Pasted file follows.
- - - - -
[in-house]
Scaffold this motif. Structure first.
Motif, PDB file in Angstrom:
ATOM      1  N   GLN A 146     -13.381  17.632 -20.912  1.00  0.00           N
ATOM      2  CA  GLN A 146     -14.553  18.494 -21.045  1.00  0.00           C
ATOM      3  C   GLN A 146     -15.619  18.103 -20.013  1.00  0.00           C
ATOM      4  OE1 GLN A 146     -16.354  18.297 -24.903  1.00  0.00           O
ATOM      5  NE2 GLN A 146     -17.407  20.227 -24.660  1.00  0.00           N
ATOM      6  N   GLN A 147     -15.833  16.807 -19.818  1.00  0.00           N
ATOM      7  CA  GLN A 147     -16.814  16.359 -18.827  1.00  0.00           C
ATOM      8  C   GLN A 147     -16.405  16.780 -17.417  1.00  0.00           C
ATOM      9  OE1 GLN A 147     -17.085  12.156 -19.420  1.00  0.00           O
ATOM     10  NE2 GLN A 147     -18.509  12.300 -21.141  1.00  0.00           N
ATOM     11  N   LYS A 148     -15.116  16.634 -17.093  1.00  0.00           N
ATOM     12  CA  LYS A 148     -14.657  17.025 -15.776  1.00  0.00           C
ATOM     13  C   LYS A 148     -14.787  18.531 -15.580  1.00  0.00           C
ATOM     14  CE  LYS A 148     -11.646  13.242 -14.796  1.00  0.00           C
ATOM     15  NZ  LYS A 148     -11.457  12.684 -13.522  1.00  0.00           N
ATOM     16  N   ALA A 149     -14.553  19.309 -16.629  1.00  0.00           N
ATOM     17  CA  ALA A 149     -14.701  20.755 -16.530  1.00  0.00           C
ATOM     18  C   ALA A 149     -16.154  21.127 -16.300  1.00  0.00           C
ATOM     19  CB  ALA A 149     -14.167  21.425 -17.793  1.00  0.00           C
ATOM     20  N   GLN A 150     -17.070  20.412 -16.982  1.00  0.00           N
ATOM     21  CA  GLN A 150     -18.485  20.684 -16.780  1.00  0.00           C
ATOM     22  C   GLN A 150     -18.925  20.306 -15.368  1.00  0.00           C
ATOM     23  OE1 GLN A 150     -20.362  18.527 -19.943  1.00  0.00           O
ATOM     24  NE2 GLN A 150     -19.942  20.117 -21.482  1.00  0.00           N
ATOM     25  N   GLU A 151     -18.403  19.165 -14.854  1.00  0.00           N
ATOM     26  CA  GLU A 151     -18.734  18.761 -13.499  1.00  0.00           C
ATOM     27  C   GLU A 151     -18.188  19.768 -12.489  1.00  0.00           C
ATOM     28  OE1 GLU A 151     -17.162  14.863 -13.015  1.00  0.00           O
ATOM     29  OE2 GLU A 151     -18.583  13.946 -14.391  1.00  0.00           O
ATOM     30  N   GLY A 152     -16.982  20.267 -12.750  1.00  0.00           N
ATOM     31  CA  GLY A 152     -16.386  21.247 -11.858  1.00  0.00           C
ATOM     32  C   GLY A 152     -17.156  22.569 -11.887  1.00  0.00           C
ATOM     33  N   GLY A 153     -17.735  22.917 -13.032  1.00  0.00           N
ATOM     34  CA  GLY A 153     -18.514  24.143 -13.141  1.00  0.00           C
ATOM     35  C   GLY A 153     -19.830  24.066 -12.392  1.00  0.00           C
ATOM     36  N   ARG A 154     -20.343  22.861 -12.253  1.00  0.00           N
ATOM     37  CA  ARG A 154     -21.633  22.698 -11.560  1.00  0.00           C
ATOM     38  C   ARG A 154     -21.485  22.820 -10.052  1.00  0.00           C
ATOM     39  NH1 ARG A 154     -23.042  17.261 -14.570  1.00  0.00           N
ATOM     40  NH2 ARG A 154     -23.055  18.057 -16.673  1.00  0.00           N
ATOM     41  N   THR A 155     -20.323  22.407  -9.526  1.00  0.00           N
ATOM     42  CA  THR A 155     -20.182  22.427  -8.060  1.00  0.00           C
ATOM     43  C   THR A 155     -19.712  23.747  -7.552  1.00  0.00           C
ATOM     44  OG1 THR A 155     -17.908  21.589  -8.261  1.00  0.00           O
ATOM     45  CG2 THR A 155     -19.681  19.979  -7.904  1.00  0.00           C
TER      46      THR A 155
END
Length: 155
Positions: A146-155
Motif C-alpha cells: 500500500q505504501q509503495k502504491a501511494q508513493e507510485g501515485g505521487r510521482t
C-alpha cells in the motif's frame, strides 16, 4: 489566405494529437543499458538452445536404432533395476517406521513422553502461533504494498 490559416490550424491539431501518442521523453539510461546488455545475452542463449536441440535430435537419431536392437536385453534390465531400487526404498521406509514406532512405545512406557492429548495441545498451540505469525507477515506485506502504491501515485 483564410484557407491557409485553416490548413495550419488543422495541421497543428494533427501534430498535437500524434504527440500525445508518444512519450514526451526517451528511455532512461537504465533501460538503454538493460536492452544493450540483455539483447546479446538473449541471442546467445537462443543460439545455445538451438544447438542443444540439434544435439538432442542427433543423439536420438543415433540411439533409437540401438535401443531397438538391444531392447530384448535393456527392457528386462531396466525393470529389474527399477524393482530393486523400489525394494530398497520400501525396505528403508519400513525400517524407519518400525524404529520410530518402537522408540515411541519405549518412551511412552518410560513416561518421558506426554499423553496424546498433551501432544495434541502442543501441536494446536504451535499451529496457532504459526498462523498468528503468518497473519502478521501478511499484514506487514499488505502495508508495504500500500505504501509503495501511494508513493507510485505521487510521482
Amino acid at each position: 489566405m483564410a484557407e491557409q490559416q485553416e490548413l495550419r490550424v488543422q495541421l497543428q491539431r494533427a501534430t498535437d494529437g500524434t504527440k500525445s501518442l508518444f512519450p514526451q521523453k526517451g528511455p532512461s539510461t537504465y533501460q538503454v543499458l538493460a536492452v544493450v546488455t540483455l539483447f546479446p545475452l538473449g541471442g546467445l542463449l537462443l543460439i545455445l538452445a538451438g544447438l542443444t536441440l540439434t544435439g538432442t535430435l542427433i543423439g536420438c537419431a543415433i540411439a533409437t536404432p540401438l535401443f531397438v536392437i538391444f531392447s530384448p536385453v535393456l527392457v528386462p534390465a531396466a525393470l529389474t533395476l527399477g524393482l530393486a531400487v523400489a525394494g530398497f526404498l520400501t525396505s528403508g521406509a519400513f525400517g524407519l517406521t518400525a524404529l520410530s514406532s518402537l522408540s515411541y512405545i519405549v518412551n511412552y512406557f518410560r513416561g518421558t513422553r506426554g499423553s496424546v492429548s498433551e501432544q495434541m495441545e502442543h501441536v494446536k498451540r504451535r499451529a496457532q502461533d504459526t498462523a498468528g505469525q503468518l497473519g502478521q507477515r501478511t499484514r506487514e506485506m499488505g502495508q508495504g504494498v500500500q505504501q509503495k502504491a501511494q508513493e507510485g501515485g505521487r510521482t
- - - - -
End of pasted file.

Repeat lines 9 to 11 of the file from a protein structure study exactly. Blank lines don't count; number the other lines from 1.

ATOM      6  N   GLN A 147     -15.833  16.807 -19.818  1.00  0.00           N
ATOM      7  CA  GLN A 147     -16.814  16.359 -18.827  1.00  0.00           C
ATOM      8  C   GLN A 147     -16.405  16.780 -17.417  1.00  0.00           C